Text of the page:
Editor’s Note: This article was originally published by RealClearEducation on June 16, 2021 and is crossposted here with permission.
Parents looking to inspire a prudent love of country among their college-bound teens should explore The William S. Knight Center for Patriotic Education, opening later this year at College of the Ozarks.
Director Andrew T. Bolger says that The Knight Center marries the college’s “holistic model of education that features instilling civic knowledge with patriotic actions backed by affections for the country.” He notes that this mission represents a continuation of the college’s decades-long push to emphasize patriotic education, which became a focus after some Vietnam War veterans were treated poorly after they returned home.
The eponymous center is named after William Knight, an aviation enthusiast who owned Knight Manufacturing, a Wisconsin-based maker of agricultural machinery founded by his father in 1945. William S. Knight Foundation president Kirk Blumm says that the foundation, which is behind the creation of the new center, works to protect the “individual freedoms guaranteed by the Declaration of Independence and Constitution,” which Knight felt were being increasingly ignored by younger generations of Americans. Once students and staff complete its construction, the center’s 6,700 square feet of space will feature classrooms, a drill room, and a media center.
According to Bolger, The Knight Center will promote “an understanding of American heritage, civic responsibility, love of country, and willingness to defend it” through classes, patriotic dialogue, honoring of veterans, trips to the nation’s capital and abroad, and more. Its mission is based upon the college’s four pillars of patriotic education: the importance of America’s free enterprise system, upholding religious and individual liberty, understanding the sacrifices that veterans and their families have made, and promoting public and military service.
The center will use an education model utilized by the college and the School of the Ozarks, a K-12 classical Christian school. Bolger says that through its multifaceted efforts, the center will shape students’ hearts and minds by providing an entire “framework for thinking about civic and patriotic education through different lenses.”
Students will “critically engage with and develop a proper loyalty to the country” not only in the classroom but also by working around the campus, such as at The Keeter Center – a hotel, dining hall, and conference center. Rather than paying tuition, students work instead at various campus jobs, where they can develop the virtues and habits of character necessary to be good citizens.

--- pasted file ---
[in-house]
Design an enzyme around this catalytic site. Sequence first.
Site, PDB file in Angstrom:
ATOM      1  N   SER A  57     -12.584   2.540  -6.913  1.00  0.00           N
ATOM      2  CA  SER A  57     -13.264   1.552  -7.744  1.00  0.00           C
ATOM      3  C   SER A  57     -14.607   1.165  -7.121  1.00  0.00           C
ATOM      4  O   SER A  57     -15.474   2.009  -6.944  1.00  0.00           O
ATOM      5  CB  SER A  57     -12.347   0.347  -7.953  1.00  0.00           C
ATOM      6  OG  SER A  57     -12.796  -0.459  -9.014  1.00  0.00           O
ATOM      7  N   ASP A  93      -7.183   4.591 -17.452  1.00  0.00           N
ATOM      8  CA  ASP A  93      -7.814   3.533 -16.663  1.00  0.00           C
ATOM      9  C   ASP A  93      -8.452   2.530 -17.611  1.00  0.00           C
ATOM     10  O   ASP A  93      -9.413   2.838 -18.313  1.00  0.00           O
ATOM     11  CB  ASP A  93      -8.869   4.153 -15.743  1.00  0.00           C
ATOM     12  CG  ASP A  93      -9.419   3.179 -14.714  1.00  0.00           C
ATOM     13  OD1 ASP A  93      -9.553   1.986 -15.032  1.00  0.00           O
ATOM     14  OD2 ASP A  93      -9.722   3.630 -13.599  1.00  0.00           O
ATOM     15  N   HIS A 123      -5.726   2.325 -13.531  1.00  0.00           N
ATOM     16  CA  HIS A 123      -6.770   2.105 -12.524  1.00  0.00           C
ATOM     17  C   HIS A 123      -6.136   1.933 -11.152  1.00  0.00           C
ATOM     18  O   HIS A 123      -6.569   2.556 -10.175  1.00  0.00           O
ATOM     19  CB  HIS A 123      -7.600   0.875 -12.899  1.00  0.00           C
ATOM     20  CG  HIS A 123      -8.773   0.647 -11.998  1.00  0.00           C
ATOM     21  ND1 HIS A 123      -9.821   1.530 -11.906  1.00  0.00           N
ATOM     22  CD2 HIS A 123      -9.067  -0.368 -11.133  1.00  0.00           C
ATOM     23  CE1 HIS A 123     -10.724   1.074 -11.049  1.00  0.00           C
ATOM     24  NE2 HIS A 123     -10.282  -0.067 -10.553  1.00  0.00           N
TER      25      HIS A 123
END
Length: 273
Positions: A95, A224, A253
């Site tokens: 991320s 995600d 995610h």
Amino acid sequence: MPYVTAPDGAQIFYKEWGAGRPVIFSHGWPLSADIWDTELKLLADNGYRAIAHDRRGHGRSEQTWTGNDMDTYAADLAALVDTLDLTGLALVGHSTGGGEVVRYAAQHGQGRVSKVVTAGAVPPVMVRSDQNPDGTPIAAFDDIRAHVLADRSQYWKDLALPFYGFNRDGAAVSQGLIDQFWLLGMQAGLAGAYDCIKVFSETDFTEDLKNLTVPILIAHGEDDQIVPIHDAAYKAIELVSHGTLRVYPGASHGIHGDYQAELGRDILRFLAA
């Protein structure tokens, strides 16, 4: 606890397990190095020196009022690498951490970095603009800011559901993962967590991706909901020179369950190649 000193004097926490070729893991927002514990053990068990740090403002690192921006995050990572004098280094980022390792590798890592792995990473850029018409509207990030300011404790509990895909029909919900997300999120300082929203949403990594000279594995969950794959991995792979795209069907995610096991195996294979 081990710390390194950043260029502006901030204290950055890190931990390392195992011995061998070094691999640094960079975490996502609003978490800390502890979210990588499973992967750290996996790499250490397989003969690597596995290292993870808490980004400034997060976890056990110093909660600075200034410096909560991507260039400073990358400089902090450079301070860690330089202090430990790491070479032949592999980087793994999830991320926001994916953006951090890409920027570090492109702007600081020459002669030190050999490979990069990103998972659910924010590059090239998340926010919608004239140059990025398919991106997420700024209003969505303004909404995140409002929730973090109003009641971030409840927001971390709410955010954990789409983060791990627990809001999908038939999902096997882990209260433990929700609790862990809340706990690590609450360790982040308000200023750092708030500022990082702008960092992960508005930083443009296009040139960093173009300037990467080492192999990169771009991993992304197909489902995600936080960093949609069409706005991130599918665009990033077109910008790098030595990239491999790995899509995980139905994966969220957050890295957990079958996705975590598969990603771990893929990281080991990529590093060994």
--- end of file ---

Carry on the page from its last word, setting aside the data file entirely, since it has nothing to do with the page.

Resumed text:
The college’s patriotic education curriculum includes a required freshman-level course that covers military science and American government, which focuses on topics such as constitutional design, American exceptionalism, the U.S. flag code, and capitalism versus socialism. All students must pass the U.S. citizenship test to pass the class. To cap off their undergraduate education, all seniors take Patriotic Education 401, which explores the principles of the American republic, citizenship, and capitalism. The course culminates with a trip to Washington, D.C., where students visit historical places such as the White House, the U.S. Capitol, and Arlington National Cemetery.
In conjunction with the college, The Knight Center will also participate in the Patriotic Education Travel Program, where students join with veterans and travel to battlefields in countries such as South Korea, France, and Vietnam. The college finds that “these educational journeys provide life-changing experiences” for students, “who not only learn volumes of history from its firsthand participants but grow to love and appreciate them,” as they will gain a “renewed respect for veterans” who have sacrificed much for their country. So far, Bolger says that 150 veterans and between 300 and 400 students have participated in the program.
Taking place on September 16 and 17, the college’s National Symposium on Patriotic Education will feature prominent speakers on the importance of civic education and highlighting patriotic themes. Bolger says that the center will also launch a “resource bank” that will feature both digital and physical curriculum modules. The goal, he says, is to “take time-tested models and make those useful for everyday Americans” for the purpose of “cultivating and reviving historic American values for children and their grandchildren.”
By cultivating young people’s patriotic attachment to America, The William S. Knight Center will create citizens who can give back to a country that has given much to them.